NOTES FROM THE ACADEMIC SENATE CHAIR
At the end of a challenging year, I write to remind you of the Academic Senate’s many positive achievements. Keeping these accomplishments in mind as we move forward into another difficult year will hold us in good stead by reminding us that every cloud has a silver lining and that no action is taken in isolation—lessons that we all need to relearn every now and then.
First, let me express my deepest appreciation to you for your the hard work and patience during this tumultuous year. Although the furlough plan is painful and we would all prefer that such actions were not necessary, I think this plan is better than layoffs. It is fair and it allows us time to examine how UC can be restructured to maintain quality, access, and affordability under a different budget model.
The Senate was asked to expedite a number of reviews this year, and in particular, I want to commend your heroic efforts in responding so quickly and thoughtfully to Standing Order 100.4 and the three options for furloughs and salary reductions. The Senate should be proud that its comments were taken into consideration and addressed in revising the policy. I have been questioned by faculty as to the actual degree of Senate consultation in the development and review of SOR100.4 and the furlough options. I want to be clear: The Senate’s views and comments were taken into consideration and addressed in a serious and respected manner.
When I began as Chair of the Academic Senate, President Yudof had been on board for only two months, and coming from outside the UC system, he had an especially steep learning curve. To his credit, he was receptive to learning about Senate practices and procedures, and over time, I believe that he has truly come to appreciate and value UC’s shared governance tradition. There is trust, open communication, and respect, and as a result, the decision making process is better as a whole. From the start, he worked closely and for considerable time with the Senate and student affairs staff to examine the eligibility reform proposal and its potential effects, and he ultimately determined that it was the best thing for the University to undertake. Eligibility reform was a major victory for the Senate and for California students, and an amazing way to begin collaborating with a new President. In fact, President Yudof told me that not only does he value the Senate’s input, but he couldn’t possibly afford the kind of expertise the faculty provide. He doesn’t just read the Council summary memo; he reads every single comment that we submit to him as part of our systemwide reviews. We are listened to – and heard – and changes are made based on our reviews.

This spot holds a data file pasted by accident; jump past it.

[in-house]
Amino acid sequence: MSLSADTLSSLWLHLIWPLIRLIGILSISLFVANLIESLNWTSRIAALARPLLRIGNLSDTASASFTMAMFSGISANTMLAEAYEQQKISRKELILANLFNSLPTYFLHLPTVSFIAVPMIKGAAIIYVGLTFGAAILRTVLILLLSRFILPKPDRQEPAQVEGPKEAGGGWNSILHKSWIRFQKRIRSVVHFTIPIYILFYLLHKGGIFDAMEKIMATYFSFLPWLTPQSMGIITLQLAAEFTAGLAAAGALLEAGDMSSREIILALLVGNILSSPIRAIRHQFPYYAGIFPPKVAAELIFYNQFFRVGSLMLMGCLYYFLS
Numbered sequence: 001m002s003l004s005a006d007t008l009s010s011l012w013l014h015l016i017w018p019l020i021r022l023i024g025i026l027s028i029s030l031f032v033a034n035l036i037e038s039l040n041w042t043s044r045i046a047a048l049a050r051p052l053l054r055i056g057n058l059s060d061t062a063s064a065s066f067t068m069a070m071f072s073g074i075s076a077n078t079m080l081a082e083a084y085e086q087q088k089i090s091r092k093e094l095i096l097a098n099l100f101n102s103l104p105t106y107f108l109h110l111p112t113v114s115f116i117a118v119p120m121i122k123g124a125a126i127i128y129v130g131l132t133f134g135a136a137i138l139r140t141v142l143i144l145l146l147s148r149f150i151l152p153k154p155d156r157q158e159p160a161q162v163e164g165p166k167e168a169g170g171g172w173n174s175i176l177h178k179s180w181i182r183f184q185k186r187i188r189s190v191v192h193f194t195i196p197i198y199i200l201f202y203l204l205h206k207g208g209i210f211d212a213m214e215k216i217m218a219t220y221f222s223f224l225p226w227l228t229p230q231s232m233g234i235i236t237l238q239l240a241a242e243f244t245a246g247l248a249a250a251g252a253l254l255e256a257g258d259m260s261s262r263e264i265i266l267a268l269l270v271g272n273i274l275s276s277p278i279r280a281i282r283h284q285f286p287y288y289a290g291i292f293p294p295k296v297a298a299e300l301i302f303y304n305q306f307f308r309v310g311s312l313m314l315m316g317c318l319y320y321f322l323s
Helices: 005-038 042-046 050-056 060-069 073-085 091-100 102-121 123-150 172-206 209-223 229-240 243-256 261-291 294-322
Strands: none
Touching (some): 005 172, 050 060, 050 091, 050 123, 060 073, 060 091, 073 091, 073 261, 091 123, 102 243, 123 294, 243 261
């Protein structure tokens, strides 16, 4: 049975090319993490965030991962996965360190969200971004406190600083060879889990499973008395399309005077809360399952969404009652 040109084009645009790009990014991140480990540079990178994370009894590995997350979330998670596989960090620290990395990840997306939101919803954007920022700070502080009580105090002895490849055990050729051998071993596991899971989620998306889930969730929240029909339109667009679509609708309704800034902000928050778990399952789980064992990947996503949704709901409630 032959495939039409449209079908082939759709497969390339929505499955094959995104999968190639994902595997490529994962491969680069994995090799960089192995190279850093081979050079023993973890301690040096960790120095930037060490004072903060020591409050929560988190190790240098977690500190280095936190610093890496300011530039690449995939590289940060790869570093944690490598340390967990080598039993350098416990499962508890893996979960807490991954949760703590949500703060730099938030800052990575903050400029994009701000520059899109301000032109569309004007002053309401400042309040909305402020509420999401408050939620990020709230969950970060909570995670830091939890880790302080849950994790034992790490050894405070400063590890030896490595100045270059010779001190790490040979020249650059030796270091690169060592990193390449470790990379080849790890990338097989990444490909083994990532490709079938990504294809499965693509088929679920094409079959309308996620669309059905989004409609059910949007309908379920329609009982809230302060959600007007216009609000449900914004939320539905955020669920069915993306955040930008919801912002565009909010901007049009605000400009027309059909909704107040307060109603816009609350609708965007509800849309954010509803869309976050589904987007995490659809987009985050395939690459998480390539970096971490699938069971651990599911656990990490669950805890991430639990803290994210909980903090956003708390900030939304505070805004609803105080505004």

2008-09 Academic Council Chair Mary Croughan with Vice Chair Henry Powell
But clearly, we are not out of the woods yet; much remains to be done. As we contemplate the University’s next steps, I note the creation of the UC Commission on the Future, as authorized by The Regents at their July meeting. The UCPB-drafted budget planning principles and UCFW’s memo on the Coordination of Budget Planning and UC’s Future both made the point that UC must now make hard choices about core priorities in an effort to put the University on better long-term footing, and I believe they were both instrumental in facilitating the development of the Commission. Moreover, the Senate will continue to have a key role on the Commission. The incoming Chair and Vice Chair of the Senate will be members of the Commission’s steering committee, but the majority of the work will be accomplished in working groups, which will include both Senate and non-Senate faculty, students, staff, alumni, higher education experts, and partners from CSU and CCC. These working groups will address topics including, but not limited to, education, research, access and affordability, finance, and revenue streams. The goal is to articulate a new and creative strategic vision for UC’s future while maintaining our hallmark characteristics: academic excellence, research leadership, and accessibility and affordability. And please note that everything that comes out of the working groups that falls under the direct authority or advisory role of the Senate will come to the Senate for full review.